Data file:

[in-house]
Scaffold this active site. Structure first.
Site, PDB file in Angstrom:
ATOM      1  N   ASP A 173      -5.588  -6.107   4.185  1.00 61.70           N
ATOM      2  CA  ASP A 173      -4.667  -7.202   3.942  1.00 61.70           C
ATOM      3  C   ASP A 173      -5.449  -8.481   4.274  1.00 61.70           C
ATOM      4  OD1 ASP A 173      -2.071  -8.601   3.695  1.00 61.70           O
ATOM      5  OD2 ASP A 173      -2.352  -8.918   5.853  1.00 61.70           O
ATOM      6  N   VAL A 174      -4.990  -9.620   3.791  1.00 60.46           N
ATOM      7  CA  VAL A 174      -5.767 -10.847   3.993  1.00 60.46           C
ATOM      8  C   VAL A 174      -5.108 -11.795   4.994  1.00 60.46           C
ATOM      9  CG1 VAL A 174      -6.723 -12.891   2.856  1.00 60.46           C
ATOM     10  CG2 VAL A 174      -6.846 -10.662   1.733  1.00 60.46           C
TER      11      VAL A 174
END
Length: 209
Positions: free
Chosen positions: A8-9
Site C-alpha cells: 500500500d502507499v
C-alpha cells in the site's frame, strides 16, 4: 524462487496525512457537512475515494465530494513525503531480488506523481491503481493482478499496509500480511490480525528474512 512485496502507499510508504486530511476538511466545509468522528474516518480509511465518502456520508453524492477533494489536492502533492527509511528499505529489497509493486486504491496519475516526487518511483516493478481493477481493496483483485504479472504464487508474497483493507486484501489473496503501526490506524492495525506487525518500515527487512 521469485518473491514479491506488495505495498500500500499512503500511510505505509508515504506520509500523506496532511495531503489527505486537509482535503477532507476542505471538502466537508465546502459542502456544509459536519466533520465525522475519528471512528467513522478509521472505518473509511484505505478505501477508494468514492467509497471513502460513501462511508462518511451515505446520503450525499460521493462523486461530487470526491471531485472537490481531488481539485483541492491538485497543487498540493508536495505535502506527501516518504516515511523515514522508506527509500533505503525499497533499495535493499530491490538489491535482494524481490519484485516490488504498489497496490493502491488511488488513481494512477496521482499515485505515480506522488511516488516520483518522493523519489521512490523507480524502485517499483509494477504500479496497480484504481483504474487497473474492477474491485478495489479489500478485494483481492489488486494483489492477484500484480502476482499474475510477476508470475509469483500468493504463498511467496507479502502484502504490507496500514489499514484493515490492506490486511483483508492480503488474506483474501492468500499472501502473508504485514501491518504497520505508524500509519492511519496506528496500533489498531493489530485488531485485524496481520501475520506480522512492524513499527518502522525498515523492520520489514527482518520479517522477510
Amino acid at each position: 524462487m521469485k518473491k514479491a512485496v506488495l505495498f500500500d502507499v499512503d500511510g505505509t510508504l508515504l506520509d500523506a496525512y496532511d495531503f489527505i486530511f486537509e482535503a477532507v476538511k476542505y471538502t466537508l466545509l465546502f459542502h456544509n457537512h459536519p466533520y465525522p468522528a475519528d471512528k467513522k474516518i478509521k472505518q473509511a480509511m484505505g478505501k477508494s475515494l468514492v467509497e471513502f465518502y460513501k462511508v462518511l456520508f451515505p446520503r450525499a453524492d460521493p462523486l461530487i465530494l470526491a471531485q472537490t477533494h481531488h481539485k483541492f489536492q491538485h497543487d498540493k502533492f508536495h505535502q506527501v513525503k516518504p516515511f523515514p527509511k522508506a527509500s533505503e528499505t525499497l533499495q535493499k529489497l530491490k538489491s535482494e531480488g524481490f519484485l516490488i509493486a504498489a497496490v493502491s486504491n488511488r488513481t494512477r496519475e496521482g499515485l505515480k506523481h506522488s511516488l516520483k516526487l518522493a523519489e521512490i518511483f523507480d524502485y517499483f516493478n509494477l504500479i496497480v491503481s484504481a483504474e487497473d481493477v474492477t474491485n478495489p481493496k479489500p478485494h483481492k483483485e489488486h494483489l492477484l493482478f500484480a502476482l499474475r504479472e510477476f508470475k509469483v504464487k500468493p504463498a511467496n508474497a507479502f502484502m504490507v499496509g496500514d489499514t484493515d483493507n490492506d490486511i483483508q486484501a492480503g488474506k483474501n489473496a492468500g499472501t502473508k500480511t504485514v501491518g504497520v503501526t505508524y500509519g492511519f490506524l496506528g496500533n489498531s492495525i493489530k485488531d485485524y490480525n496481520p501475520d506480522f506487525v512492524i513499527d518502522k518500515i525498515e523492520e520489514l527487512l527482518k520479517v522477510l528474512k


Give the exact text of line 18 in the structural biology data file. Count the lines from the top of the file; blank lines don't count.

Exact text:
Chosen positions: A8-9